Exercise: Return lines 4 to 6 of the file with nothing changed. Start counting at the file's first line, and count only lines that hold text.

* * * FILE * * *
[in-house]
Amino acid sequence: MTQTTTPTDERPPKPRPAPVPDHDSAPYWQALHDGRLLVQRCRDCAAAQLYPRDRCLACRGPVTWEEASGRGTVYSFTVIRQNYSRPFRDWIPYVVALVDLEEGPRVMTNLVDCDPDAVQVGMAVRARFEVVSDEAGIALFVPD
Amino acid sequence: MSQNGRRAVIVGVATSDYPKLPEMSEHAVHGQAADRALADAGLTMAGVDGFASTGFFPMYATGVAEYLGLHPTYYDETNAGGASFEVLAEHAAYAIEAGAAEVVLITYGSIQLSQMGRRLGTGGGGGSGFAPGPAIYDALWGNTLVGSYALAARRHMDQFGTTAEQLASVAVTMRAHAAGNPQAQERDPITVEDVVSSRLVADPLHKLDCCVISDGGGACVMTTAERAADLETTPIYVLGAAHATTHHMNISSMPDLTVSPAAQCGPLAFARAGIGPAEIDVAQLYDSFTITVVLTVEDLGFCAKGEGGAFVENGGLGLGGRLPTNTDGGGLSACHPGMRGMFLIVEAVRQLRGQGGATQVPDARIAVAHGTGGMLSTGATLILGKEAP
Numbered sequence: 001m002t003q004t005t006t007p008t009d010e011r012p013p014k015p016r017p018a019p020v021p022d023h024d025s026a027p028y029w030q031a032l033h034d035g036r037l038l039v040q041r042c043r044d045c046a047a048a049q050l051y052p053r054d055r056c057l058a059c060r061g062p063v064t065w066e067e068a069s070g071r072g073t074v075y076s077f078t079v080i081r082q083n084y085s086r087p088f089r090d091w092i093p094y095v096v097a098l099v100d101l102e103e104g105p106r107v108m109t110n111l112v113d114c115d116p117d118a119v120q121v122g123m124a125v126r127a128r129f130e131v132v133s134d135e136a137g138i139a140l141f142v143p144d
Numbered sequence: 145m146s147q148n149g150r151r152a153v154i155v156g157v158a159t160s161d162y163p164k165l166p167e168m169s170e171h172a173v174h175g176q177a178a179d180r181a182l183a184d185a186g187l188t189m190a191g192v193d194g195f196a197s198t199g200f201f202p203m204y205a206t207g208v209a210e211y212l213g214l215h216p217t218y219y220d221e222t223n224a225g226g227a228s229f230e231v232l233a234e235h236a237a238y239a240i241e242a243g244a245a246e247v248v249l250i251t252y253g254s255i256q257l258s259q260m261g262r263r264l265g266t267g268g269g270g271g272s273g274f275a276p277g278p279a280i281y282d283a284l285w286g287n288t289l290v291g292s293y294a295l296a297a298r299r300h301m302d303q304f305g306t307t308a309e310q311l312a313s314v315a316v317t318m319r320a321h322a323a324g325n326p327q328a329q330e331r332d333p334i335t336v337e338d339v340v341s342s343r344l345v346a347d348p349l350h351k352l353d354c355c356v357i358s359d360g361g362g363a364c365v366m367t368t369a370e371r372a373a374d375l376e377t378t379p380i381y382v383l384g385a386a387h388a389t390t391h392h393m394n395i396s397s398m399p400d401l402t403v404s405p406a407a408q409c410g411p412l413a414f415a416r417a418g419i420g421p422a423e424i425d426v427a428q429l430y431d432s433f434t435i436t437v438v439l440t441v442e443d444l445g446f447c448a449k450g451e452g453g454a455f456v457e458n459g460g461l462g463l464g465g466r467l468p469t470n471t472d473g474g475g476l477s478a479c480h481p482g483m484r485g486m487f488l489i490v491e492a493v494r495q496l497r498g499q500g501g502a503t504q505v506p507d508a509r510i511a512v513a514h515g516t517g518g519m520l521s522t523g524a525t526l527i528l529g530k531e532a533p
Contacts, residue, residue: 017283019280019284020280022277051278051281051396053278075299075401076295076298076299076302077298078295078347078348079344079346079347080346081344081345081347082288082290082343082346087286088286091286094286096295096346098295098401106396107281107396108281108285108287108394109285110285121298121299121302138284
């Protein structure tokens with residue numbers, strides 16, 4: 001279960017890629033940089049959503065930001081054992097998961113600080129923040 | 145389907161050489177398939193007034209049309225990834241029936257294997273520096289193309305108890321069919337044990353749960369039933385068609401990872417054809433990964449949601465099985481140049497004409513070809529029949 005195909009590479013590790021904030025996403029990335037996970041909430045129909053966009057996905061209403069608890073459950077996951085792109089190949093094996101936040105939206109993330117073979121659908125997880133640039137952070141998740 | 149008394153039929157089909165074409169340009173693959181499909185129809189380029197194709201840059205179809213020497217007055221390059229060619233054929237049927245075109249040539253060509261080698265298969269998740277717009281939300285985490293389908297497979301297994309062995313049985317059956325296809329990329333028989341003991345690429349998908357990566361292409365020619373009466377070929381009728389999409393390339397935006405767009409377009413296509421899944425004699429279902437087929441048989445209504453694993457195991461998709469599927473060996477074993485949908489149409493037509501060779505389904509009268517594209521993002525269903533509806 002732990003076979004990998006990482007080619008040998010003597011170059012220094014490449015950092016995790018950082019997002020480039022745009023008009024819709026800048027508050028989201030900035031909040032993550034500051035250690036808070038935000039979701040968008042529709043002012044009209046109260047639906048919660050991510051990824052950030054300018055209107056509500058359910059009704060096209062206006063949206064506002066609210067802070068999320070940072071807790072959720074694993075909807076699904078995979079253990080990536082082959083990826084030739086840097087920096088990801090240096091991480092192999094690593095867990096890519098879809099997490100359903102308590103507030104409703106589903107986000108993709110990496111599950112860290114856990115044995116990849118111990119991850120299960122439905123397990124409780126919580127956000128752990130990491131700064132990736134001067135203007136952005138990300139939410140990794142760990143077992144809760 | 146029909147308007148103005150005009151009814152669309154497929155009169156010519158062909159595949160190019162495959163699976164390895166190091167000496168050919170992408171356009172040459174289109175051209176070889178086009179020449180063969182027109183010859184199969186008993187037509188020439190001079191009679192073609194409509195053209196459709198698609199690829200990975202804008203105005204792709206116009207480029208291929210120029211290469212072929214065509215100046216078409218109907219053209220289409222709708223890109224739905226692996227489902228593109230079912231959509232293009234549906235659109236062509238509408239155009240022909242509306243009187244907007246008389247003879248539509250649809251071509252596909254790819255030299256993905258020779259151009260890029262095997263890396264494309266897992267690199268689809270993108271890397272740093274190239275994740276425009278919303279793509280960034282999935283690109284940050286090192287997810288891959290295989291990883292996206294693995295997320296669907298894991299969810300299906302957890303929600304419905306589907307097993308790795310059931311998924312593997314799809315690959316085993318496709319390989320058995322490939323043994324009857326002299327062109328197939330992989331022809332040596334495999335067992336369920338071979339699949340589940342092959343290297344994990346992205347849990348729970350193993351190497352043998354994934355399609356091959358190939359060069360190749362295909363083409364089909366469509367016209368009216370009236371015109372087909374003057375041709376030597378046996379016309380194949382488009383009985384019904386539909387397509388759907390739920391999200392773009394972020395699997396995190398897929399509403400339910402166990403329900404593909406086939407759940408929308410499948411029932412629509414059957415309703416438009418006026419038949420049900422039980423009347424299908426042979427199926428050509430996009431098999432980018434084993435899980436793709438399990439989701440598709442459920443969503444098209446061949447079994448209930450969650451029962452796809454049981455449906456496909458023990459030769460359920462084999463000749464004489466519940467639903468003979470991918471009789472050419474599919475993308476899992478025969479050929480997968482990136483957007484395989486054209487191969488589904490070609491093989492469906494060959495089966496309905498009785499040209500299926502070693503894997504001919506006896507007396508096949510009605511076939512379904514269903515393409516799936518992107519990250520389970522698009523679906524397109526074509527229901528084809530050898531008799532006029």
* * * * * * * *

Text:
Numbered sequence: 001m002t003q004t005t006t007p008t009d010e011r012p013p014k015p016r017p018a019p020v021p022d023h024d025s026a027p028y029w030q031a032l033h034d035g036r037l038l039v040q041r042c043r044d045c046a047a048a049q050l051y052p053r054d055r056c057l058a059c060r061g062p063v064t065w066e067e068a069s070g071r072g073t074v075y076s077f078t079v080i081r082q083n084y085s086r087p088f089r090d091w092i093p094y095v096v097a098l099v100d101l102e103e104g105p106r107v108m109t110n111l112v113d114c115d116p117d118a119v120q121v122g123m124a125v126r127a128r129f130e131v132v133s134d135e136a137g138i139a140l141f142v143p144d
Numbered sequence: 145m146s147q148n149g150r151r152a153v154i155v156g157v158a159t160s161d162y163p164k165l166p167e168m169s170e171h172a173v174h175g176q177a178a179d180r181a182l183a184d185a186g187l188t189m190a191g192v193d194g195f196a197s198t199g200f201f202p203m204y205a206t207g208v209a210e211y212l213g214l215h216p217t218y219y220d221e222t223n224a225g226g227a228s229f230e231v232l233a234e235h236a237a238y239a240i241e242a243g244a245a246e247v248v249l250i251t252y253g254s255i256q257l258s259q260m261g262r263r264l265g266t267g268g269g270g271g272s273g274f275a276p277g278p279a280i281y282d283a284l285w286g287n288t289l290v291g292s293y294a295l296a297a298r299r300h301m302d303q304f305g306t307t308a309e310q311l312a313s314v315a316v317t318m319r320a321h322a323a324g325n326p327q328a329q330e331r332d333p334i335t336v337e338d339v340v341s342s343r344l345v346a347d348p349l350h351k352l353d354c355c356v357i358s359d360g361g362g363a364c365v366m367t368t369a370e371r372a373a374d375l376e377t378t379p380i381y382v383l384g385a386a387h388a389t390t391h392h393m394n395i396s397s398m399p400d401l402t403v404s405p406a407a408q409c410g411p412l413a414f415a416r417a418g419i420g421p422a423e424i425d426v427a428q429l430y431d432s433f434t435i436t437v438v439l440t441v442e443d444l445g446f447c448a449k450g451e452g453g454a455f456v457e458n459g460g461l462g463l464g465g466r467l468p469t470n471t472d473g474g475g476l477s478a479c480h481p482g483m484r485g486m487f488l489i490v491e492a493v494r495q496l497r498g499q500g501g502a503t504q505v506p507d508a509r510i511a512v513a514h515g516t517g518g519m520l521s522t523g524a525t526l527i528l529g530k531e532a533p
Contacts, residue, residue: 017283019280019284020280022277051278051281051396053278075299075401076295076298076299076302077298078295078347078348079344079346079347080346081344081345081347082288082290082343082346087286088286091286094286096295096346098295098401106396107281107396108281108285108287108394109285110285121298121299121302138284